Fall Growing: How Changes in Light & Temperature Affect Blooming, Watering, Pests & Fertilizing

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A monthly growers advice column by Courtney Hackney. Hackneau@comcast.net

In case you missed it, fall arrived September 23.  The days have been getting shorter since June and daylight is now less than 12 hours long.  Many orchids use the decreasing day length as an indicator that it is time to bloom.  Indoor growers need to adjust their grow-lights appropriately.  It is not necessary to make constant changes in day length, but it is necessary to shorten day length if you want many orchids to bloom under lights.  Some indoor growers rely on light through windows to supply all the light their orchids need.  Those with good southern or eastern exposures are often very successful in getting flowers each year as long as they allow their orchids to experience a day length change.  Many cattleyas get confused if incandescent lights are turned on nearby at night.  I suspect that many cattleyas that are grown indoors do not bloom because of external light at night.  Fall-blooming cattleyas are very sensitive to shrinking day length and external night lights confuse them.

Large-flowered phals require a cool temperatures to initiate the growth of flower spikes.  Some growers leave their windows open for a few weeks in the fall, not only to enjoy the welcome cool nights, but to provide this cool stimulus for their phals.  Five to ten nights at 55-65 degrees are more than enough to initiate spikes.  The key is both the low temperature and a 20 degree change from day to night. After that, it is best to keep them at a temperature above 65 degrees.

This is also the time to move those giant pots of cymbidiums from under the deep shade to more sun.  Do it gradually so there will not be any leaf burn.  Cymbidium growers claim that the best flowers come when they allow their cymbidiums to almost reach frost conditions.  Some cover their plants with a product called “Frost Proof”, which protects them from frost even down below freezing.

Cattleyas still maturing bulbs will produce large, plump bulbs now that night temperatures are in the 50s and the day is not nearly as hot.  This can be quite a contrast to the thinner bulbs that are produced when both night and day temperatures are very warm.

Most members of the vanda and angracoid groups do not appreciate cooler nights and will decrease their growth rate.  They do, however, seem to produce flowers with more vibrant colors when night temperatures are cool.  If you tend to have cooler conditions than most warm growing vandas prefer, select vandas that have a good dose of Vanda coerulea in their parentage as these prefer cooler nights.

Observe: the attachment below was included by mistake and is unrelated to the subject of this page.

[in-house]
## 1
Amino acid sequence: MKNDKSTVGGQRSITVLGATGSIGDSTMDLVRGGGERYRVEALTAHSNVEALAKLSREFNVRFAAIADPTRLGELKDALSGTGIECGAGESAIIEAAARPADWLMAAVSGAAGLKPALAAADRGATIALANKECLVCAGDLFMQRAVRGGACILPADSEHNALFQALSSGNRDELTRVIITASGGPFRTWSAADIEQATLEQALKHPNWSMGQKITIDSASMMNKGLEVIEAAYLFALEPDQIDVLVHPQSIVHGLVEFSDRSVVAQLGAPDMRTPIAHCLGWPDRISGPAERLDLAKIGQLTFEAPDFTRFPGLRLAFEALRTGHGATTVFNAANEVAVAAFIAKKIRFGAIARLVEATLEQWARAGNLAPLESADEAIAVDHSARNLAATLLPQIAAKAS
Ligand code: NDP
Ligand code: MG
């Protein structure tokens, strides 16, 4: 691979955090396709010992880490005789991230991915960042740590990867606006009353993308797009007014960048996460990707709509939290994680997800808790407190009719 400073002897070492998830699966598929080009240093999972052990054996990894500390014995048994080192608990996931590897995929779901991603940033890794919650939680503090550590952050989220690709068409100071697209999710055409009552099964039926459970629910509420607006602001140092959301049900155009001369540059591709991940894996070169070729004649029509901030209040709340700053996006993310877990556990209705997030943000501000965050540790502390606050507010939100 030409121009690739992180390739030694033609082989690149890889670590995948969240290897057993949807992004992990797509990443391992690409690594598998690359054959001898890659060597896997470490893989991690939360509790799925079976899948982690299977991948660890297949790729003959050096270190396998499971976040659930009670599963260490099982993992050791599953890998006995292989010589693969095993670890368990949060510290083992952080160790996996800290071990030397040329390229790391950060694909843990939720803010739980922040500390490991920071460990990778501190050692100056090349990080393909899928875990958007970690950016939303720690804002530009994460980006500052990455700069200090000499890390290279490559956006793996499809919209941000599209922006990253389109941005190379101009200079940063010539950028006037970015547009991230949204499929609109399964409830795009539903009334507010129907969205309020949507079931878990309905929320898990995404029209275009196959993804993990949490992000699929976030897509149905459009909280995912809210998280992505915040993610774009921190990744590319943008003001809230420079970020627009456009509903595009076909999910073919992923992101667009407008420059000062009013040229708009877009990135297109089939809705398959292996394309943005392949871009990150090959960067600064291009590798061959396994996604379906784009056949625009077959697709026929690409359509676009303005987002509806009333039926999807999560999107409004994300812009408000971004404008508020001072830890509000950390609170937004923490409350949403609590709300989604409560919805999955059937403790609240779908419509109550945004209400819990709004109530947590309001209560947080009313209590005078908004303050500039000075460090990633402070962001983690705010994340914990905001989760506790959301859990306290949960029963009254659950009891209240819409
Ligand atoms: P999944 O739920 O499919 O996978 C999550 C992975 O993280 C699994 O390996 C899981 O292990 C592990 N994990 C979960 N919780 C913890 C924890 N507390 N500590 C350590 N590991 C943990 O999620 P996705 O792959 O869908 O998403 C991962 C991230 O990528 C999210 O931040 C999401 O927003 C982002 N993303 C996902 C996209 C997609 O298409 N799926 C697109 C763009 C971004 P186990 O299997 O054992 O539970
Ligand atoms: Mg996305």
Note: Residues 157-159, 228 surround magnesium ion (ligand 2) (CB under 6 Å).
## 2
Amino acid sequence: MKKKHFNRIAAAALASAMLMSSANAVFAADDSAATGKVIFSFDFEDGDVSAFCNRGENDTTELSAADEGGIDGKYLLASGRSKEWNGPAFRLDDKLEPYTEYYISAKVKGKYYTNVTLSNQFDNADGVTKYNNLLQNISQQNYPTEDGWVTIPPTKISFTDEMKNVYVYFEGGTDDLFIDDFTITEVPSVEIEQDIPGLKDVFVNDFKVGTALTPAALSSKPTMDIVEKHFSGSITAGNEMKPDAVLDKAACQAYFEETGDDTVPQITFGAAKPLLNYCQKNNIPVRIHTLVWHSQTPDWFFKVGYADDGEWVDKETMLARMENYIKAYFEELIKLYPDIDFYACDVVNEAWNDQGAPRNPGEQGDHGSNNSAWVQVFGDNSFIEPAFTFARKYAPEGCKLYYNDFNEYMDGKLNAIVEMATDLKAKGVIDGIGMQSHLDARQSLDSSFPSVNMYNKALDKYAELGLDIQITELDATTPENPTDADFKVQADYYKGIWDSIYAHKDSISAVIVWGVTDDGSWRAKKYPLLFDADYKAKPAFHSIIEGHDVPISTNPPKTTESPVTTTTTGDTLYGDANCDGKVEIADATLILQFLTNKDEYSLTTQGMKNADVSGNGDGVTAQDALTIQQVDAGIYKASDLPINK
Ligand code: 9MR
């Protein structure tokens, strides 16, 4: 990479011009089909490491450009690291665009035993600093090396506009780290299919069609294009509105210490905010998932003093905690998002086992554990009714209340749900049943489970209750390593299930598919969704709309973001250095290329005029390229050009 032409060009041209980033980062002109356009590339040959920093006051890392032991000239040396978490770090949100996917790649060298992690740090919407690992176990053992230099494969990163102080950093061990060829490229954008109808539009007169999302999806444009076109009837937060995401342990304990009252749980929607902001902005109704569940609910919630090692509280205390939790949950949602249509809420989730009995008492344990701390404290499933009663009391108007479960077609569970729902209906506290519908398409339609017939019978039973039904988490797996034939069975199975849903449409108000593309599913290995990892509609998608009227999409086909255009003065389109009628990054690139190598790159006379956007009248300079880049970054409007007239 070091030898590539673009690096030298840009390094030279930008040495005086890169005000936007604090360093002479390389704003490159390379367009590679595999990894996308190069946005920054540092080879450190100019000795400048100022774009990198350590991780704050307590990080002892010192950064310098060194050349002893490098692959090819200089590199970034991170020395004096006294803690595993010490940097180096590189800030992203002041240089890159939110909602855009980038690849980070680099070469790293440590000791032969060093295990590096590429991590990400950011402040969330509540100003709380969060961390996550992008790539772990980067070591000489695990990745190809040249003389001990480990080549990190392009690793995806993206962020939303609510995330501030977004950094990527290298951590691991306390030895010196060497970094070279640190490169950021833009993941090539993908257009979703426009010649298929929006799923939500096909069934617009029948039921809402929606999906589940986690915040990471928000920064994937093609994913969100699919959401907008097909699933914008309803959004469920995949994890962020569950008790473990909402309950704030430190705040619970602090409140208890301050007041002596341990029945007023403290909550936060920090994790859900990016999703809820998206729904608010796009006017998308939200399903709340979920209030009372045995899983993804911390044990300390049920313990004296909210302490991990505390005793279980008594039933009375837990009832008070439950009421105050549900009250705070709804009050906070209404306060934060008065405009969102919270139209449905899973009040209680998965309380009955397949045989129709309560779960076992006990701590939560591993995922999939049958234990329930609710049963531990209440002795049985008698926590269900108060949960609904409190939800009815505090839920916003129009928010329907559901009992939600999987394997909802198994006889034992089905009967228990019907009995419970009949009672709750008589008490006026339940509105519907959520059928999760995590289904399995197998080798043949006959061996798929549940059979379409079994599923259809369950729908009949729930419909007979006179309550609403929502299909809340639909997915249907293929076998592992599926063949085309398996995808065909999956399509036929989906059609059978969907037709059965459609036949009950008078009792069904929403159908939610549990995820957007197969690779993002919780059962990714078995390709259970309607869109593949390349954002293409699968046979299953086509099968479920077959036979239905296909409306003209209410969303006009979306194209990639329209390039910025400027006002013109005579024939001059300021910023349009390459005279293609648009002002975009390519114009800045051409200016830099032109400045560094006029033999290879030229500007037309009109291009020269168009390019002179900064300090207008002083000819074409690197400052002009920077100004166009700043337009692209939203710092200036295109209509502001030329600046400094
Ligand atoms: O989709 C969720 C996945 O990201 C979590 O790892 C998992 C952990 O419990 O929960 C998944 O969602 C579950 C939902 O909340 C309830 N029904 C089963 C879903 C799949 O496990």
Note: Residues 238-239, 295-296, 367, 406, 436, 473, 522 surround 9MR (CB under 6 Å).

There are members of many orchid groups that come from cooler clines.  Many  miniature phals, e.g. lobbii, parishii, and their hybrids, such an Phal Mini Mark, really thrive when day and night temperatures are lower.  Phrags, especially anything with Phrag besse in the background, really struggle in summer’s heat, but grow quickly once temperatures cool.

Lower temperature and light usually means that your orchids need less water, although this also depends on humidity as well.  Avoid over-watering this time of year.  Your orchids can handle less water, but you could lose all those roots you worked so hard to grow if you continue watering at the same rate as you did in summer.  The exception is for those that grow indoors, as most homes these days are air conditioned in summer and heated in winter keeping indoor conditions (temperature and humidity) about the same year round.

It is unnecessary to fertilize most orchids now, although most seedlings and phals still require fertilizer.  Generally, there is enough fertilizer in pots and on the medium to provide the little your orchids need now.  This is an ideal time to really flush pots with high quality, low solids water because the extra drying experienced by orchids in winter will expose their roots to concentrated salts retained on media surfaces.  In cases of high fertilizer application or hard water, these salts can damage roots.

Some orchid groups, such as the genus Eulophia, nobile-dendrobiums, catasetums, etc,  become almost totally dormant and lose their leaves in winter.  They may need to be moved to a location where they receive only a light misting occasionally. 

Take a careful look under pots and leaves if you have had your orchids outside during the summer and now plan to move them into the house or greenhouse.  If you have just a few plants, a drench of liquid Sevin (one teaspoon/gal) will kill anything you do not want, including slugs and snails.  Do this now, before a sudden cold snap forces you to quickly drag your orchids inside or you could be dealing with bugs and beasts for the entire winter.

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